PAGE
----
THE REVITALISATION STRATEGY Speaking to the Strategy, Minister Seretse said it will run for two years and it includes projects categorized into agricultural production and processing, tourism and related services as well as manufacturing. “At least 20 specific projects at an estimated cost of P1.8 billion pula will be implemented over a period of 24 months creating 6856 jobs,’’ he indicated.
Seretse further noted that to equip and resource that strategy and ease of doing business, government investment and trade experts, Botswana Investment & Trade Centre (BITC) has deployed Director –Export Promotion and has since arrived in Phikwe as of last week. For her part, the Permanent Secretary at MITI, Ms Peggy Serame said that projects that are to be used to bring Selibe Phikwe to economic life include, revival of the textile industry which is expected to hire over 2000 people during the first quarter of 2017; renewable power generation; assembling of components including vehicle parts; equipment and machinery manufacturing which are all expected to hire thousands of people.
“We are hoping there will be success this time around for the textile industry, we also expect a number of citizen owned ICT businesses to set up their assembly plants here,’’ she said. Serame hinted that citizen owned companies; Almaz (PTY) LTD and Ditec Mobile would be setting up assembly plants in Phikwe.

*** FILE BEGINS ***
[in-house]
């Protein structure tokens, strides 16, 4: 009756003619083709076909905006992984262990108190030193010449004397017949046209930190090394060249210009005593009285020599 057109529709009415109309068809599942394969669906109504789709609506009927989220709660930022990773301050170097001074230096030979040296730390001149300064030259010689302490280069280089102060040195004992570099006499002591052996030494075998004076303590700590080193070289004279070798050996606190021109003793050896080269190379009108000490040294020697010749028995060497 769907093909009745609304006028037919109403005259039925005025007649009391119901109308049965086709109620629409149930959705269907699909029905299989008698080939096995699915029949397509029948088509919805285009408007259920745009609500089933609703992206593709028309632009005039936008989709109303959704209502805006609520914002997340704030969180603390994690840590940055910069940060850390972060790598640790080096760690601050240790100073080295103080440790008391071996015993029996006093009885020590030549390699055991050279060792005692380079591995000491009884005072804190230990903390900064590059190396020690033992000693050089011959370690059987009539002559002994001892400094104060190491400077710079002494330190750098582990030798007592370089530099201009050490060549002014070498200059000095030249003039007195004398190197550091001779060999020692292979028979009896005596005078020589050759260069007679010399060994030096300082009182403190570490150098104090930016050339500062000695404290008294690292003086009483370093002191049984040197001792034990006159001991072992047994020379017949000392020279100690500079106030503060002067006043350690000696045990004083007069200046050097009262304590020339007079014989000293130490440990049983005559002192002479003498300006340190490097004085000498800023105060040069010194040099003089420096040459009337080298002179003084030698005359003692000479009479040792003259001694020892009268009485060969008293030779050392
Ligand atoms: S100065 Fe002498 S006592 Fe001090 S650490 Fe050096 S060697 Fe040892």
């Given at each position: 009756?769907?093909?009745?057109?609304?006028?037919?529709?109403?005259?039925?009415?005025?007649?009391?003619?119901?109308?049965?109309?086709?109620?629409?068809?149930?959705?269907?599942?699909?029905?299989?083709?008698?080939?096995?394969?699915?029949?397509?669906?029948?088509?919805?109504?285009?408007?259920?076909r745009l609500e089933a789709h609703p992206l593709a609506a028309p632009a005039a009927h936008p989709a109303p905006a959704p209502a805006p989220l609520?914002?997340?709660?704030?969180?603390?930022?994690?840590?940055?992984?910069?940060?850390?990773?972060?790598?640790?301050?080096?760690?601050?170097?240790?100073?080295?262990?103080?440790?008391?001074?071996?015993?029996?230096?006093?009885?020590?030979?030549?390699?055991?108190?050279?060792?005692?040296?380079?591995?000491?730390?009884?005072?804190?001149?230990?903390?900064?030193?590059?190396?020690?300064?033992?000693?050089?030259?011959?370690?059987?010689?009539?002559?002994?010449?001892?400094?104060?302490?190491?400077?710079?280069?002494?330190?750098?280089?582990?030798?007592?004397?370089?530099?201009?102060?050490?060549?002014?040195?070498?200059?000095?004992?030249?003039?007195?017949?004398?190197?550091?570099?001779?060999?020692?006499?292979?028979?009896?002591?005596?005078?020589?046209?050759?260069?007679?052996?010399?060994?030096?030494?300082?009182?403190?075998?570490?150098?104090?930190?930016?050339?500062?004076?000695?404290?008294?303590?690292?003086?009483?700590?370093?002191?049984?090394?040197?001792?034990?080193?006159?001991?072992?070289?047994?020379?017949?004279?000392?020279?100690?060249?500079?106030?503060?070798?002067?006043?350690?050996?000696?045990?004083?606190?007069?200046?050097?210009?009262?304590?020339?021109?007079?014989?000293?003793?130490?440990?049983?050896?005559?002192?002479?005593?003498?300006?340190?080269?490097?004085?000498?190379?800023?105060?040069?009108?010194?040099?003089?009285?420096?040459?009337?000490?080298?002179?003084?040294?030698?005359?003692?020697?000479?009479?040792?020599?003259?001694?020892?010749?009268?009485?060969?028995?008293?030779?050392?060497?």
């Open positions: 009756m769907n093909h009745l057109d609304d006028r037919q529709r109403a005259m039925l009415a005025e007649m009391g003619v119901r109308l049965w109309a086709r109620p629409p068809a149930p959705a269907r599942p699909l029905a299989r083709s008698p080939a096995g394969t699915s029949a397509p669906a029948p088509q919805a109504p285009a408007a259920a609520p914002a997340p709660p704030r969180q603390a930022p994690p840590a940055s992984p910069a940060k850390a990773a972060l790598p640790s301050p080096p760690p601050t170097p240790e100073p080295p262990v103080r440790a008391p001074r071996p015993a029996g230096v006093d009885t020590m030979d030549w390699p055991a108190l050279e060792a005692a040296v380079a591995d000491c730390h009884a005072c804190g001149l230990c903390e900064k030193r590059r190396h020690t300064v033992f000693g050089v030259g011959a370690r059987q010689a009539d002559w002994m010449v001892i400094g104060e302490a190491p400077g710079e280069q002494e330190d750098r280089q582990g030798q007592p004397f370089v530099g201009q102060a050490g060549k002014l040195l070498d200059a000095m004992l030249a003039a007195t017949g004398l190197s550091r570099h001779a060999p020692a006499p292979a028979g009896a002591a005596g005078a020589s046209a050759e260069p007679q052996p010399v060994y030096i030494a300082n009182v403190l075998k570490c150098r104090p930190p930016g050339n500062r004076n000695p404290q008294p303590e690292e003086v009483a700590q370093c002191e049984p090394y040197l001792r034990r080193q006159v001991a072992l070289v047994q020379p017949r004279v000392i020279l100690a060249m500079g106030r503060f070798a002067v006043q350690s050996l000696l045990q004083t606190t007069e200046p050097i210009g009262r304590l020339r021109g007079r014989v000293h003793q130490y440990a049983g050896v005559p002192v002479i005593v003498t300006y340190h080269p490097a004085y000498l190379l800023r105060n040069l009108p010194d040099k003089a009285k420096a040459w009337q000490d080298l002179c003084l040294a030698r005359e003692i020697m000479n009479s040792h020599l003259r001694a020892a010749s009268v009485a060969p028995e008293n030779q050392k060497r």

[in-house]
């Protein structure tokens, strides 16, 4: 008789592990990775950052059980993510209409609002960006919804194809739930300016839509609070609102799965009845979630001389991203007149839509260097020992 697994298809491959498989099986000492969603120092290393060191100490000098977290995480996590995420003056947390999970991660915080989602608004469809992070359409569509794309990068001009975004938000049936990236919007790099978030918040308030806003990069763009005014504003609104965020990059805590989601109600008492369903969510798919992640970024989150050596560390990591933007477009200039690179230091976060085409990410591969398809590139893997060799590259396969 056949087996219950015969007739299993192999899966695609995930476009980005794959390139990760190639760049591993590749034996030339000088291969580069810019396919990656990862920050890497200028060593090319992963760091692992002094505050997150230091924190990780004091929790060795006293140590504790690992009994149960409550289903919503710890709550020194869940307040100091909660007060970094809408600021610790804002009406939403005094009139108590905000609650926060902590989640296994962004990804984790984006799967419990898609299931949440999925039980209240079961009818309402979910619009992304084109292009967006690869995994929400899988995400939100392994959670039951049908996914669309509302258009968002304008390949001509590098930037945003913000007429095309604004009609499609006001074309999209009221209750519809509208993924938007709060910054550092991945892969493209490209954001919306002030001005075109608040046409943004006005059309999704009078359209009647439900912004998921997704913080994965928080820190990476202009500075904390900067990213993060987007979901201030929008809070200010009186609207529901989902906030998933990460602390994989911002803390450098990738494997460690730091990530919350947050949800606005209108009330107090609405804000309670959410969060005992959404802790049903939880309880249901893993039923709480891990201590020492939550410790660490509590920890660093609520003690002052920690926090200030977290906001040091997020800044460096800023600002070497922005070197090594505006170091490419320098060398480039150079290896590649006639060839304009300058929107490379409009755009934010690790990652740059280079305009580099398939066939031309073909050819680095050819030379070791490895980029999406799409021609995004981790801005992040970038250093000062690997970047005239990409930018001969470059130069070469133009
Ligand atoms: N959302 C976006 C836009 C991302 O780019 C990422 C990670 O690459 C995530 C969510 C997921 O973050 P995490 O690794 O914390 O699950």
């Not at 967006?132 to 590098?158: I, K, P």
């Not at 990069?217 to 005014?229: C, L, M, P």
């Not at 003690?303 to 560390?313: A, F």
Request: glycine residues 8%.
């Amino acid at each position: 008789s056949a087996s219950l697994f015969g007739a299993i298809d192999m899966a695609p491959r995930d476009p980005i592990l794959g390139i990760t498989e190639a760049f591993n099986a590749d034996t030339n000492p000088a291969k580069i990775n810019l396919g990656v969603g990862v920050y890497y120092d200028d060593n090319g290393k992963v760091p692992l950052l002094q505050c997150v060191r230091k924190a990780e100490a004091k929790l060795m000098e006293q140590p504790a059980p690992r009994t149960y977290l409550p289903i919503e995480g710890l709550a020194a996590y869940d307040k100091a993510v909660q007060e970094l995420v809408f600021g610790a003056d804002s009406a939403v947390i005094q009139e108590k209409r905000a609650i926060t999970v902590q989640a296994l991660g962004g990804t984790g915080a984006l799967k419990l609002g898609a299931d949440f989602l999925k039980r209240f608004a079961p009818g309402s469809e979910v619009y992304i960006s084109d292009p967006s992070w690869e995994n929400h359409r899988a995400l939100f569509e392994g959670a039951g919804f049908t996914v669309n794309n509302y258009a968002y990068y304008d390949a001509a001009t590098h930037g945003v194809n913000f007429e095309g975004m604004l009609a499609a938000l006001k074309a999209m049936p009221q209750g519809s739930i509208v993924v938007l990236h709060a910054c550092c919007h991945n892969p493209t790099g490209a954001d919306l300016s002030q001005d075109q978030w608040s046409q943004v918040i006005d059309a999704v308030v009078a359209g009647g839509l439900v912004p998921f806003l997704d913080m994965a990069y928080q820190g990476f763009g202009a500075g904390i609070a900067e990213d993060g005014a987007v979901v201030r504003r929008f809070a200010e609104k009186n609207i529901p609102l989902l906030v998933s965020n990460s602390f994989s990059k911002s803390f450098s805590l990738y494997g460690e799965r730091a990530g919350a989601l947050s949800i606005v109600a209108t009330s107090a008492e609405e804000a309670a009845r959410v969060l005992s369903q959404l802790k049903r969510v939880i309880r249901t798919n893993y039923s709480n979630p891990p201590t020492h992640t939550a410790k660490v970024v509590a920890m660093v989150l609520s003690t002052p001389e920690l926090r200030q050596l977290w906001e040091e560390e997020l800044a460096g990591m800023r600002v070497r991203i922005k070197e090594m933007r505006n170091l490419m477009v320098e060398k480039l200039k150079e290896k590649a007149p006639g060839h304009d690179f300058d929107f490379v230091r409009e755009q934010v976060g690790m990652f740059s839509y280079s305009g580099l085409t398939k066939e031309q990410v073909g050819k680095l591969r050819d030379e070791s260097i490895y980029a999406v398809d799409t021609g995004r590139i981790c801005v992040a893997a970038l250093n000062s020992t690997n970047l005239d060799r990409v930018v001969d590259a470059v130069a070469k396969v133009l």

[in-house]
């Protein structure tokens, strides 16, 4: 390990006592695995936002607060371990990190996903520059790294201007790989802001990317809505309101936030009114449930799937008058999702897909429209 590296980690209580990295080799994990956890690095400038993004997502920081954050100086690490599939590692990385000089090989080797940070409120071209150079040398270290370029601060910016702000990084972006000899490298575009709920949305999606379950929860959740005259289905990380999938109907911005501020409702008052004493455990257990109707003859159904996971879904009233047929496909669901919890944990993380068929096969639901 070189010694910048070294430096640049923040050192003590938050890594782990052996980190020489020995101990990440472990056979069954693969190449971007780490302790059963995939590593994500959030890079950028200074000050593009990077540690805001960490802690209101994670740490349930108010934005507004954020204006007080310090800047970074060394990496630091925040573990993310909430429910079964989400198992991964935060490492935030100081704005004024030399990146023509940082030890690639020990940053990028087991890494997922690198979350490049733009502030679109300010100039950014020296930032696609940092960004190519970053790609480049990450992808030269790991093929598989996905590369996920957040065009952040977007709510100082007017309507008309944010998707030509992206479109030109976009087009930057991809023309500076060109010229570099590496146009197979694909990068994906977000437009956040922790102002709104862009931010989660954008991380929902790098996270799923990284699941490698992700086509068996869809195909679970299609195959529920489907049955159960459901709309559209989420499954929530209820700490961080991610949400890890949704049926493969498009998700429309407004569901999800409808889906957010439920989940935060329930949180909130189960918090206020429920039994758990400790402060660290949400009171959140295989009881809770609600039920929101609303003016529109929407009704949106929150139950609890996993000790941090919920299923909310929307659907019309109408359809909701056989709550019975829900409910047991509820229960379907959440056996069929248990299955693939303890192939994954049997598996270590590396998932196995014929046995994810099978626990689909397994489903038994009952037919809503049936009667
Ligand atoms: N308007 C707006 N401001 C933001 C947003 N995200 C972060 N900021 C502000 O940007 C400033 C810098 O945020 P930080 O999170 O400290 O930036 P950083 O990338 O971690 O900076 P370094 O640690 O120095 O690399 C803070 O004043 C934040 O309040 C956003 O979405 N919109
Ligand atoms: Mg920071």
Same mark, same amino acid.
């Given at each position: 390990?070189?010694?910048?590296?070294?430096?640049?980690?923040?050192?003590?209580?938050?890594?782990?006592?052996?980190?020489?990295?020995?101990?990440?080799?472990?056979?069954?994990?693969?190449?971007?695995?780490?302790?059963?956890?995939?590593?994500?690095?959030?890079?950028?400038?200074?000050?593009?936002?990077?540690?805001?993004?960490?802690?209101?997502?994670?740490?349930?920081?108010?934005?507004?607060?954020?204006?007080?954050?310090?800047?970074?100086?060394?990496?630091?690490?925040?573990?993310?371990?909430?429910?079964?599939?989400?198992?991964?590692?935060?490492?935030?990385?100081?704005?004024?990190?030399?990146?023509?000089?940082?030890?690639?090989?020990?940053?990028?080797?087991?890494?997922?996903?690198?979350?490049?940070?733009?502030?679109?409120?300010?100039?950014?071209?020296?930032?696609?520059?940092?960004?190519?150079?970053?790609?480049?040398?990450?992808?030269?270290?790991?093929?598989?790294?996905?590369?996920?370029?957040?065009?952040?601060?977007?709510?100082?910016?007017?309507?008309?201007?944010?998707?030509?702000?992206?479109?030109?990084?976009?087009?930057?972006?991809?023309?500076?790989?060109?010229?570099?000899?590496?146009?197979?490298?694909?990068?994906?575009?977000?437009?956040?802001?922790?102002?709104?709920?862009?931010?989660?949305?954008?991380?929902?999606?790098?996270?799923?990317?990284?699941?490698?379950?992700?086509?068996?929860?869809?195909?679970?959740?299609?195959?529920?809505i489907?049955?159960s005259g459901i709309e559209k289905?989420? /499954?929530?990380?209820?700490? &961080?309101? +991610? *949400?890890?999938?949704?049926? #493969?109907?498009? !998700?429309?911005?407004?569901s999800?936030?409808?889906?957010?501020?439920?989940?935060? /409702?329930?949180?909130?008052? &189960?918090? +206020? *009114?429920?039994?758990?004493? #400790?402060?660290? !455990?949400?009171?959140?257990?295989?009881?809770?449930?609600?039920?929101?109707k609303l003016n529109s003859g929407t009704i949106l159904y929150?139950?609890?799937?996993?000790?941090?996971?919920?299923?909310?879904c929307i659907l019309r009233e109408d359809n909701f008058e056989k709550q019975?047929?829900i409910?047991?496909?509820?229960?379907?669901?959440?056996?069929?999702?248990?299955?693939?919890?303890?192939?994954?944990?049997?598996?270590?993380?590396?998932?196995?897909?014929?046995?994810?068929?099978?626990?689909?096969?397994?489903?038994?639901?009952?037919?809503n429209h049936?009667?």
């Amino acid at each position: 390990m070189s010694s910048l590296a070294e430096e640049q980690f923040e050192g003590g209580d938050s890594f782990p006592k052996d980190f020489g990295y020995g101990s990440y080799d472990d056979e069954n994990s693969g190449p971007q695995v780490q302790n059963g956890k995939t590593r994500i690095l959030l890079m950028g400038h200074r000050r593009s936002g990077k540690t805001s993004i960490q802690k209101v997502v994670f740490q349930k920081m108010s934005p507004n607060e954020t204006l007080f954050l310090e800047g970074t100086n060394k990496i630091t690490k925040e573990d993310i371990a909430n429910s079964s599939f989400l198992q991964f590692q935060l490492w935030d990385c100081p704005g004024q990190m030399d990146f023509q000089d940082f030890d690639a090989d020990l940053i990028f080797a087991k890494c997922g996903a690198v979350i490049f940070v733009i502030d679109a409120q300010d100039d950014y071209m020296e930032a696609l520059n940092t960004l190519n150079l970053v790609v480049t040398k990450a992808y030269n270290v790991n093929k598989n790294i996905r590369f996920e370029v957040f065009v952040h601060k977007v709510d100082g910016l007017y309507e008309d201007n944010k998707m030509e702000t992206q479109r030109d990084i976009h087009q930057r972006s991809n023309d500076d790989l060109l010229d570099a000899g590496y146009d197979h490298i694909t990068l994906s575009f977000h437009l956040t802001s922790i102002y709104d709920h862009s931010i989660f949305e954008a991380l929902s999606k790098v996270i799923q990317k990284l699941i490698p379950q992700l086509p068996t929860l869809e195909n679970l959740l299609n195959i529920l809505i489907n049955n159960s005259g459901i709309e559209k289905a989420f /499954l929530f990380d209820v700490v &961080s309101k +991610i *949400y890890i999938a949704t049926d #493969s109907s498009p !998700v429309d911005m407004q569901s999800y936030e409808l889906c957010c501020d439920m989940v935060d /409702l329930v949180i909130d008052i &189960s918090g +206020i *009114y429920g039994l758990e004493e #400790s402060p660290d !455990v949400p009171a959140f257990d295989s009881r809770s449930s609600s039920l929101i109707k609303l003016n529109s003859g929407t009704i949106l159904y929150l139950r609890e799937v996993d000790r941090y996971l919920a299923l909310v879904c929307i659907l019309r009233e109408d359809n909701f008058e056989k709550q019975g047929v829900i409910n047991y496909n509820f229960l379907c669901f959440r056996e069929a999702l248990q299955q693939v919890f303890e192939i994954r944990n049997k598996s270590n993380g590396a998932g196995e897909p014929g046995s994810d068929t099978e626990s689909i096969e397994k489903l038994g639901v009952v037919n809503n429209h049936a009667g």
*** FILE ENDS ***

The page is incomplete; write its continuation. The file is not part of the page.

RIGOROUS INDUSTRIALIZATION Ditec Founder and Chief Executive, Justice Williams told this publication that his team of technicians are already in Selibe Phikwe to conclude logistics prior to commencement of the process of relocating to the town. “We have already identified a warehouse and for a period from now until first quarter of 2017 we will be redesigning the warehouse into a world-class ICT lab that produces high technological devices,” he said.
“We are looking at employing about 200 people at the 1st phase of actually manufacturing and engineering the technology smart components and phase 2 which includes programming of the components which will probably require an extra 300 personnel.” Consequently, according to Williams, Ditec will employ at least 2000 people.
For their part, newly launched citizen owned Microsoft computer producer, Almaz told WeekendPost that they are still in talks with the government regarding issues of logistics and warehouse and tax incentives. “Our setup of business here depends on the outcome of our discussions with the Ministry of Investment Trade & Industry,’’ said Louis Sibanda, an Executive at Almaz.
Sibanda further said after finalization of talks with the government, setting up a plant in Selibe Phikwe would take 37 days and employing just over 100 employees at first production. “We will re-skill and retool our employees, that is to say former miners from BCL without or with little knowledge of computer and software engineering will be put to training to capacitate them hence they will be not left out as far as working for us is concerned.”